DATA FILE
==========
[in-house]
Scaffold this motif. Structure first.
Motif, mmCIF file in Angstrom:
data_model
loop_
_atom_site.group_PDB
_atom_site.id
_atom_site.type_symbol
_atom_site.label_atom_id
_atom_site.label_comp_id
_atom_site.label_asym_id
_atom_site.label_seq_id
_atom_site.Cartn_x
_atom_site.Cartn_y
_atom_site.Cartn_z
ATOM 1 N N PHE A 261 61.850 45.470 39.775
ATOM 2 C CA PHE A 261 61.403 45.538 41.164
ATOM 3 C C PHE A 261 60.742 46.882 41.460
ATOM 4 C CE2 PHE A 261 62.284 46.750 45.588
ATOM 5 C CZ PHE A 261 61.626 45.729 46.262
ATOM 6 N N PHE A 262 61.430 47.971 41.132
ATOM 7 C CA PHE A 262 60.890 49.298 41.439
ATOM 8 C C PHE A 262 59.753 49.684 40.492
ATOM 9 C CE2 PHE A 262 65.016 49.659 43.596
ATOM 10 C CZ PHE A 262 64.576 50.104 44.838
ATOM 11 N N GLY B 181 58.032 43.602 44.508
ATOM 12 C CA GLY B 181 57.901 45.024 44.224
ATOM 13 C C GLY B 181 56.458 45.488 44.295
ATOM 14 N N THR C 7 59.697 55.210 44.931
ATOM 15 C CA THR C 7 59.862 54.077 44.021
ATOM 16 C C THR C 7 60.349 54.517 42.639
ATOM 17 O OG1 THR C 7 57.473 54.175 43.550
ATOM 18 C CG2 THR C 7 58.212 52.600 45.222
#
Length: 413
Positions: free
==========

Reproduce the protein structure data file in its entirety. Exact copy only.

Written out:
[in-house]
Scaffold this motif. Structure first.
Motif, mmCIF file in Angstrom:
data_model
loop_
_atom_site.group_PDB
_atom_site.id
_atom_site.type_symbol
_atom_site.label_atom_id
_atom_site.label_comp_id
_atom_site.label_asym_id
_atom_site.label_seq_id
_atom_site.Cartn_x
_atom_site.Cartn_y
_atom_site.Cartn_z
ATOM 1 N N PHE A 261 61.850 45.470 39.775
ATOM 2 C CA PHE A 261 61.403 45.538 41.164
ATOM 3 C C PHE A 261 60.742 46.882 41.460
ATOM 4 C CE2 PHE A 261 62.284 46.750 45.588
ATOM 5 C CZ PHE A 261 61.626 45.729 46.262
ATOM 6 N N PHE A 262 61.430 47.971 41.132
ATOM 7 C CA PHE A 262 60.890 49.298 41.439
ATOM 8 C C PHE A 262 59.753 49.684 40.492
ATOM 9 C CE2 PHE A 262 65.016 49.659 43.596
ATOM 10 C CZ PHE A 262 64.576 50.104 44.838
ATOM 11 N N GLY B 181 58.032 43.602 44.508
ATOM 12 C CA GLY B 181 57.901 45.024 44.224
ATOM 13 C C GLY B 181 56.458 45.488 44.295
ATOM 14 N N THR C 7 59.697 55.210 44.931
ATOM 15 C CA THR C 7 59.862 54.077 44.021
ATOM 16 C C THR C 7 60.349 54.517 42.639
ATOM 17 O OG1 THR C 7 57.473 54.175 43.550
ATOM 18 C CG2 THR C 7 58.212 52.600 45.222
#
Length: 413
Positions: free